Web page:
Indigenous Intellectuals: Knowledge, Power, and Colonial Culture in Mexico and the Andes

Abisai Pérez Zamarripa
University of Texas at Austin

Cross-posted from Not Even Past

This collective book is about the role of Indian thinkers as actors who preserved pre-Columbian knowledge within the new social order and recreated it to enforce or contest Spanish imperial rule. The book editors integrated several essays of top historians that explain how indigenous intellectuals in the colonial Andes and Mexico were important for the success of both the Spanish authorities and Indian elites in reaching political power and legitimacy.

Together, the book’s articles offers a comparative perspective of colonial Mexico and Peru focusing on the indigenous scholars’ lives, productions, and epistemological networks. This comparative analysis shows that knowledge production was more culturally and linguistically diverse in Mexico than in the Andes. On the one hand, Spanish prevailed on the Quechua as the principal written medium. This meant the indigenous people of the Andes had to learn a new foreign language to achieve social mobility and the Spanish government could centralize more rapidly its political power in the Andean region. On the other hand, in colonial Peru, Spanish rule gradually marginalized the Inca quipu system –records expressed with numerical terms while in colonial Mexico the Mesoamerican pictographic writing tradition –codex with images and words that recorded all kind of information– rapidly adapted the Castilian alphabet scripture. This exemplifies how the Spaniards were reluctant to utilize the numerical system of the Inca people while they accepted the continuity of the Mesoamerican tradition of communicating whole ideas by combining images and words. In her contribution, Gabriela Ramos suggests that the former centralized power of the Inca empire limited knowledge to very few hands, while in Mexico the fragmented structure of the Aztec empire allowed a linguistic diversity that survived Spanish colonization. Ramos explains how the indigenous language, Quechua, became the lingua franca in colonial Cusco and Lima. The standardization of one language allowed the Spaniards to exert control more effectively, but also allowed natives to use the legal culture to their own benefit. Continue reading “Indigenous Intellectuals: Knowledge, Power, and Colonial Culture in Mexico and the Andes”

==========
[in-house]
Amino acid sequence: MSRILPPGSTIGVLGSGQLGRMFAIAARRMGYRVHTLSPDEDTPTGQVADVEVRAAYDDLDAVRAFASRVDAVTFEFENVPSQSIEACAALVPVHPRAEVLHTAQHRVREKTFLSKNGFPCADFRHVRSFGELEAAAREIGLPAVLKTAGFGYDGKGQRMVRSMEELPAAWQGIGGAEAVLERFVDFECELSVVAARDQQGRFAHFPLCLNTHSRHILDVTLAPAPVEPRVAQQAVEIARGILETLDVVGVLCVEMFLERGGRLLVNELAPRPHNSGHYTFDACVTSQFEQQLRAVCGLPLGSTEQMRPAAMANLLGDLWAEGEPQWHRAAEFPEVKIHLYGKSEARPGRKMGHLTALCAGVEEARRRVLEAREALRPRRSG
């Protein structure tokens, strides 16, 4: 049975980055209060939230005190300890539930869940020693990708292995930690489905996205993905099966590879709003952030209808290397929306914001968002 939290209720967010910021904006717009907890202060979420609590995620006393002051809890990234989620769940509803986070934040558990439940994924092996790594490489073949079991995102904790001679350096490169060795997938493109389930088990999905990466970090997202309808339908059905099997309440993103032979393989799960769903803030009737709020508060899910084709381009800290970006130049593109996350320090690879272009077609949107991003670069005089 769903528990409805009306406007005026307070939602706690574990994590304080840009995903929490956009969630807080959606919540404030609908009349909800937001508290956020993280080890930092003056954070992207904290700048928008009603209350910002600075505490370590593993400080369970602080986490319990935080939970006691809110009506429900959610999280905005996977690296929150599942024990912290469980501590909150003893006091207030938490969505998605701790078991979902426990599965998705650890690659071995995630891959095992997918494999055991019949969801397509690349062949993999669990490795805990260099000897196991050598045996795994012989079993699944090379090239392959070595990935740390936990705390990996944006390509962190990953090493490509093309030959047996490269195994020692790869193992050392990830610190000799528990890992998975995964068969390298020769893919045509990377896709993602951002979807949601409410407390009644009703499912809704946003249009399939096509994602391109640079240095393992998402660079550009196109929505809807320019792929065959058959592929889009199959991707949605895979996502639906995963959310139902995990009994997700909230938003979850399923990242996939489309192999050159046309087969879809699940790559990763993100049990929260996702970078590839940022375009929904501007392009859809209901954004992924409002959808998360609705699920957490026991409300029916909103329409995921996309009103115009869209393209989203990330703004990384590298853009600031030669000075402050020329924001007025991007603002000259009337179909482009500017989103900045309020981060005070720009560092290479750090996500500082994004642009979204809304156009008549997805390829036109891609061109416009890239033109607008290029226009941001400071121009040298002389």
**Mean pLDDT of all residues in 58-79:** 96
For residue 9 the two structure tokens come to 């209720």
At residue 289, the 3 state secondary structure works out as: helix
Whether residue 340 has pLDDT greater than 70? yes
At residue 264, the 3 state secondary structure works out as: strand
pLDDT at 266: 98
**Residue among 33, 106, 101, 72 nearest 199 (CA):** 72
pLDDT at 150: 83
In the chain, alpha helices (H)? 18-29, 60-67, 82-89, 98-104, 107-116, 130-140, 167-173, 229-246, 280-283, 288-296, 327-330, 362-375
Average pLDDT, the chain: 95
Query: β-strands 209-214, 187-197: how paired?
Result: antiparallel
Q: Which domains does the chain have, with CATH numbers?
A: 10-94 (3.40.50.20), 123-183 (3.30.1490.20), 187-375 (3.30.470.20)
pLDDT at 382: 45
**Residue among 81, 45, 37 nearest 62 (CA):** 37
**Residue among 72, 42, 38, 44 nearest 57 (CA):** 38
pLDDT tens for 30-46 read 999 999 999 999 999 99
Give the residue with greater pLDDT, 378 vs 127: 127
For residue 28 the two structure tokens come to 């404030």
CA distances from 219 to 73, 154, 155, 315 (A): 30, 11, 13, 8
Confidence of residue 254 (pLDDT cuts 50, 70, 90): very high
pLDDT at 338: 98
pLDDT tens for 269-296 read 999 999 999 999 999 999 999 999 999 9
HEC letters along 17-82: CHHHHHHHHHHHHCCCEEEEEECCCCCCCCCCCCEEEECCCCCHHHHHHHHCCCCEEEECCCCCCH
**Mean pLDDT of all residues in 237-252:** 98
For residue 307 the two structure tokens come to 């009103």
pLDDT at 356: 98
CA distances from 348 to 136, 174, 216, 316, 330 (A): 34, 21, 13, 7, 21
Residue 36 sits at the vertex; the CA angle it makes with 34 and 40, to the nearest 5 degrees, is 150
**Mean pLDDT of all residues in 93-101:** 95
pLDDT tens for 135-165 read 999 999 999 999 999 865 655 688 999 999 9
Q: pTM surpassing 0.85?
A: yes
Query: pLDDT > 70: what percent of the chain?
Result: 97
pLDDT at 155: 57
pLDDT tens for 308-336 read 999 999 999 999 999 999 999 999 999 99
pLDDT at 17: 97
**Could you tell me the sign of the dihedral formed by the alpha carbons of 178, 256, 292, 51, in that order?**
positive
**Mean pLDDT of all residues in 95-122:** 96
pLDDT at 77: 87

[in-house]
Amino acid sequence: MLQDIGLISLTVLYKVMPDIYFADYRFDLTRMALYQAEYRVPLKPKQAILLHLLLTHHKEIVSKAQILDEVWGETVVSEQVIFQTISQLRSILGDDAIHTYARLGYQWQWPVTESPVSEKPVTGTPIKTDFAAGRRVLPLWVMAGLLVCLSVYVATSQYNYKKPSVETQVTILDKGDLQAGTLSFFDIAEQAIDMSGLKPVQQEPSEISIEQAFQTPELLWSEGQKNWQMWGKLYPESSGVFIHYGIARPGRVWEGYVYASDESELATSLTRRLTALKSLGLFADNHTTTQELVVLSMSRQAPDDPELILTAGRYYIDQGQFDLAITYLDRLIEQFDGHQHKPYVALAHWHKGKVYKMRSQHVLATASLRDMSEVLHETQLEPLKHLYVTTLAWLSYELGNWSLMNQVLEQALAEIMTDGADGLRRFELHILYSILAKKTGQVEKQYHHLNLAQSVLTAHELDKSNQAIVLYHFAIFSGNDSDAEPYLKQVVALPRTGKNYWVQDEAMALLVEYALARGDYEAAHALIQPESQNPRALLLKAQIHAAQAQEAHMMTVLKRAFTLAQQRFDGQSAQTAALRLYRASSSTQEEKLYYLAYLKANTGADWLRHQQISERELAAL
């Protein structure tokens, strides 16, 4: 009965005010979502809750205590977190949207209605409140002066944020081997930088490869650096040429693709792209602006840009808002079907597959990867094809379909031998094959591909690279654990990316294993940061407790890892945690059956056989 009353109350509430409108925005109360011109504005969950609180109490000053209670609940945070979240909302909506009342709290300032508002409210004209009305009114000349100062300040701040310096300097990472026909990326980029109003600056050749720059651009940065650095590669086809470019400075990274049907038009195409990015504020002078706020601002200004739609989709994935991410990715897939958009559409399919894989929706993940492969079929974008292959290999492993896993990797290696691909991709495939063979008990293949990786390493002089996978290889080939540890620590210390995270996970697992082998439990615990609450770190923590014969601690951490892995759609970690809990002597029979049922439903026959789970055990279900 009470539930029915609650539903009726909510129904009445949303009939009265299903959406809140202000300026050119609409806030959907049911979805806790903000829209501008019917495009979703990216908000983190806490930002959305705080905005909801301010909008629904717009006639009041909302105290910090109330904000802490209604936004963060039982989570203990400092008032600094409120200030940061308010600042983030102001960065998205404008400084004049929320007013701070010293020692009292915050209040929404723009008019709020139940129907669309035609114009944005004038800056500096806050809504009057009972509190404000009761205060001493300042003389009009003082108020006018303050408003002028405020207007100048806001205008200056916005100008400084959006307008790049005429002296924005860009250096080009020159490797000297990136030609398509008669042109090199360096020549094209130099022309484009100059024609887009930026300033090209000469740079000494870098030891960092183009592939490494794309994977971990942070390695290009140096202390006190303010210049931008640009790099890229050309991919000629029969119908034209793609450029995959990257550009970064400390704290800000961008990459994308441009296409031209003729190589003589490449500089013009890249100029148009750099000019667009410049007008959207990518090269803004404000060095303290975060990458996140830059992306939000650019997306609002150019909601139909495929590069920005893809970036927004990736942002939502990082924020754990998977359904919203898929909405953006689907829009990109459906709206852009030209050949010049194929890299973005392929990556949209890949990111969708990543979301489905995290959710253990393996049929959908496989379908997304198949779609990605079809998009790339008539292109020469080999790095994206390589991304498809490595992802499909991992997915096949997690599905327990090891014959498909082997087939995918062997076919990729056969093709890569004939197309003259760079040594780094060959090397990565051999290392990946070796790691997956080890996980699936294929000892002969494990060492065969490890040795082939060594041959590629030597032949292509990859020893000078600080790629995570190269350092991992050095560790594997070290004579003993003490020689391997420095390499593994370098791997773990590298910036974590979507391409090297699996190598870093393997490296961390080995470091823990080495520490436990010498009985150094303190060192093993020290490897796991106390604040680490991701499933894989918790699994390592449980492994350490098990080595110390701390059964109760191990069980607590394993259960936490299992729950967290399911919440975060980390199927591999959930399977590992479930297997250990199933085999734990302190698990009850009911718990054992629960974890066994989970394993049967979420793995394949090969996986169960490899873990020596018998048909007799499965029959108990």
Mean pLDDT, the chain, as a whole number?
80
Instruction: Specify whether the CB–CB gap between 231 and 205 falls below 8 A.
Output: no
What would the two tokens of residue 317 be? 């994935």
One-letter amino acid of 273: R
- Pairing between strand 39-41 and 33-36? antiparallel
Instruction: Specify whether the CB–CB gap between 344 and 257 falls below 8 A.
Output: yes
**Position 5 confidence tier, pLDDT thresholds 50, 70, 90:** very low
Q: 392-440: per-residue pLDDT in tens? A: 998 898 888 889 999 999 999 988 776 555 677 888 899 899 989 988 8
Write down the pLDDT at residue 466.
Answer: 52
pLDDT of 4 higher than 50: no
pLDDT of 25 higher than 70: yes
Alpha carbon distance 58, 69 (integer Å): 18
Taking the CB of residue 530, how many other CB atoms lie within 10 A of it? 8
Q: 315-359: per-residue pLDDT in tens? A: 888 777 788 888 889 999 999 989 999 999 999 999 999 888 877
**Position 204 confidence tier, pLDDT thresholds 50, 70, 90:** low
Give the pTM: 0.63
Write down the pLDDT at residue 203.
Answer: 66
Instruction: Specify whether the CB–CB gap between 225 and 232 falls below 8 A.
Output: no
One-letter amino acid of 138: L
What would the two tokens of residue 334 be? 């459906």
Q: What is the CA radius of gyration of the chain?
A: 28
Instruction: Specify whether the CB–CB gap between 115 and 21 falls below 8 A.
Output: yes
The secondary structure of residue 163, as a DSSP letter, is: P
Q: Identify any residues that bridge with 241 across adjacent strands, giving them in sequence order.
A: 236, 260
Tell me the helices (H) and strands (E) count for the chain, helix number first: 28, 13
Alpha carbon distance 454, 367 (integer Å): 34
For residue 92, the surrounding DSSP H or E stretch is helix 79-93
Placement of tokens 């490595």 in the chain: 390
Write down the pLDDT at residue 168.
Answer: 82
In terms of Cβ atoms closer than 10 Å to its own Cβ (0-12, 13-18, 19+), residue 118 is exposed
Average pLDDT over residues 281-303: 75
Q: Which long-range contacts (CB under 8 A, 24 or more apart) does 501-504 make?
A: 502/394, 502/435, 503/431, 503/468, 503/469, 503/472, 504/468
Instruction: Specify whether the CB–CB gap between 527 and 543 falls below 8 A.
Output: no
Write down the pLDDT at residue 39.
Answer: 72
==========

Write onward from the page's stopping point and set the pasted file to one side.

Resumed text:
Dr Olivette Otele to Give @ExeterCIGH Annual Lecture – Afro-European Experiences: From the Third Century to the Third Millennium

Olivette-OteleThe Centre for Imperial & Global History is delighted to announce that Dr Olivette Otele (Reader in History, Bath Spa University) will deliver the 2018 CIGH Annual Lecture on Friday, May 4. She will be speaking on

Afro-European Experiences: From the Third Century to the Third Millennium

This public lecture will look into Afro-European identities by studying their histories, from Saint Maurice, an Egyptian who became the leader of a legendary Roman legion in the 3rd century, to 21st century migrants. Its aim is to understand how the notion of ‘exceptionalism’ has contributed to remembering and then forgetting the long history of African/European human encounters. Mainly used in the fields of cultural studies, sociology and arts, the term ‘African diaspora’ has more recently been replaced by ‘Afro-European’ or ‘Afropean’. African or Afro-descent destinies and creativity have led to newly-coined terms such as ‘Afrocentrism’, ‘Afropessimism’ and ‘Afrophobia’, to name but a few. These are laudable attempts to grasp intricate notions in a small number of words. However, as they refer to contemporary post-war encounters between people of African and European descents, they play into the notion of newly born identities. As this lecture will show, there is a much longer history of Afro-European experiences which are both fascinating in their own right and can contribute to present-day understanding.

The lecture is free and will be followed by a drinks reception.

Click here to register.

Further Particulars:

Fri 4 May 2018
17:00 – 19:00 BST
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Bateman Lecture Theatre, Building One
21 St German’s Rd
University of Exeter
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